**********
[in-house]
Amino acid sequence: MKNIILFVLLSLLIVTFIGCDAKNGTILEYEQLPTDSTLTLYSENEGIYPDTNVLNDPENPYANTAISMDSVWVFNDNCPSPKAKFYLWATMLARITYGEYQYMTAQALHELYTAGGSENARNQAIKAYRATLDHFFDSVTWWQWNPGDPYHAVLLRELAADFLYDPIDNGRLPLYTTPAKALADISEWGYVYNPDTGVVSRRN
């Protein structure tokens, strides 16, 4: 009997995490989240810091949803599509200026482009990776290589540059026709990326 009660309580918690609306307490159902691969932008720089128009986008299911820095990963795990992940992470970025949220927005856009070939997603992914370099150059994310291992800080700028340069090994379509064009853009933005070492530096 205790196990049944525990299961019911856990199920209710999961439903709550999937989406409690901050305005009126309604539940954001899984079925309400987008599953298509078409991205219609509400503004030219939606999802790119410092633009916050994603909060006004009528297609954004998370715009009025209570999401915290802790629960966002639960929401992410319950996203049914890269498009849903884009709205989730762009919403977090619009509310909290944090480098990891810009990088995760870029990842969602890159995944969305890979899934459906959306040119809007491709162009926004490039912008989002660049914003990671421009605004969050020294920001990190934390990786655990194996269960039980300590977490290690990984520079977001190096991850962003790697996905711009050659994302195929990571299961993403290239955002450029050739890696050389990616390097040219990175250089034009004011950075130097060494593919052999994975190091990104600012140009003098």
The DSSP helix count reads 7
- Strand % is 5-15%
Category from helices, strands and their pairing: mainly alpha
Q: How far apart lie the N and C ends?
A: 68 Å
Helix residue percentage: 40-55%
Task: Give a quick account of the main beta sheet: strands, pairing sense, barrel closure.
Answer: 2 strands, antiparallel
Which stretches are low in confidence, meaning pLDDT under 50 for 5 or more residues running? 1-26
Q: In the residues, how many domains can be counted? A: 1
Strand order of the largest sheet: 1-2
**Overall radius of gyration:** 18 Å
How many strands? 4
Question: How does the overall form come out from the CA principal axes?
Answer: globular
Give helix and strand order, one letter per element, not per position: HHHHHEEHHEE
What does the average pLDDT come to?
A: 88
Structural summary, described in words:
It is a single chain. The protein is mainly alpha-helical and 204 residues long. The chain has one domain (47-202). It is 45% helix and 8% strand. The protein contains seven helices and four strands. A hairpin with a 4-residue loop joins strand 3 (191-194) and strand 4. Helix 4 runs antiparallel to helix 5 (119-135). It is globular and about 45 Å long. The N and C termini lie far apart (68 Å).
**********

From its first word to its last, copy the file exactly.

[in-house]
Amino acid sequence: MKNIILFVLLSLLIVTFIGCDAKNGTILEYEQLPTDSTLTLYSENEGIYPDTNVLNDPENPYANTAISMDSVWVFNDNCPSPKAKFYLWATMLARITYGEYQYMTAQALHELYTAGGSENARNQAIKAYRATLDHFFDSVTWWQWNPGDPYHAVLLRELAADFLYDPIDNGRLPLYTTPAKALADISEWGYVYNPDTGVVSRRN
């Protein structure tokens, strides 16, 4: 009997995490989240810091949803599509200026482009990776290589540059026709990326 009660309580918690609306307490159902691969932008720089128009986008299911820095990963795990992940992470970025949220927005856009070939997603992914370099150059994310291992800080700028340069090994379509064009853009933005070492530096 205790196990049944525990299961019911856990199920209710999961439903709550999937989406409690901050305005009126309604539940954001899984079925309400987008599953298509078409991205219609509400503004030219939606999802790119410092633009916050994603909060006004009528297609954004998370715009009025209570999401915290802790629960966002639960929401992410319950996203049914890269498009849903884009709205989730762009919403977090619009509310909290944090480098990891810009990088995760870029990842969602890159995944969305890979899934459906959306040119809007491709162009926004490039912008989002660049914003990671421009605004969050020294920001990190934390990786655990194996269960039980300590977490290690990984520079977001190096991850962003790697996905711009050659994302195929990571299961993403290239955002450029050739890696050389990616390097040219990175250089034009004011950075130097060494593919052999994975190091990104600012140009003098």
The DSSP helix count reads 7
- Strand % is 5-15%
Category from helices, strands and their pairing: mainly alpha
Q: How far apart lie the N and C ends?
A: 68 Å
Helix residue percentage: 40-55%
Task: Give a quick account of the main beta sheet: strands, pairing sense, barrel closure.
Answer: 2 strands, antiparallel
Which stretches are low in confidence, meaning pLDDT under 50 for 5 or more residues running? 1-26
Q: In the residues, how many domains can be counted? A: 1
Strand order of the largest sheet: 1-2
**Overall radius of gyration:** 18 Å
How many strands? 4
Question: How does the overall form come out from the CA principal axes?
Answer: globular
Give helix and strand order, one letter per element, not per position: HHHHHEEHHEE
What does the average pLDDT come to?
A: 88
Structural summary, described in words:
It is a single chain. The protein is mainly alpha-helical and 204 residues long. The chain has one domain (47-202). It is 45% helix and 8% strand. The protein contains seven helices and four strands. A hairpin with a 4-residue loop joins strand 3 (191-194) and strand 4. Helix 4 runs antiparallel to helix 5 (119-135). It is globular and about 45 Å long. The N and C termini lie far apart (68 Å).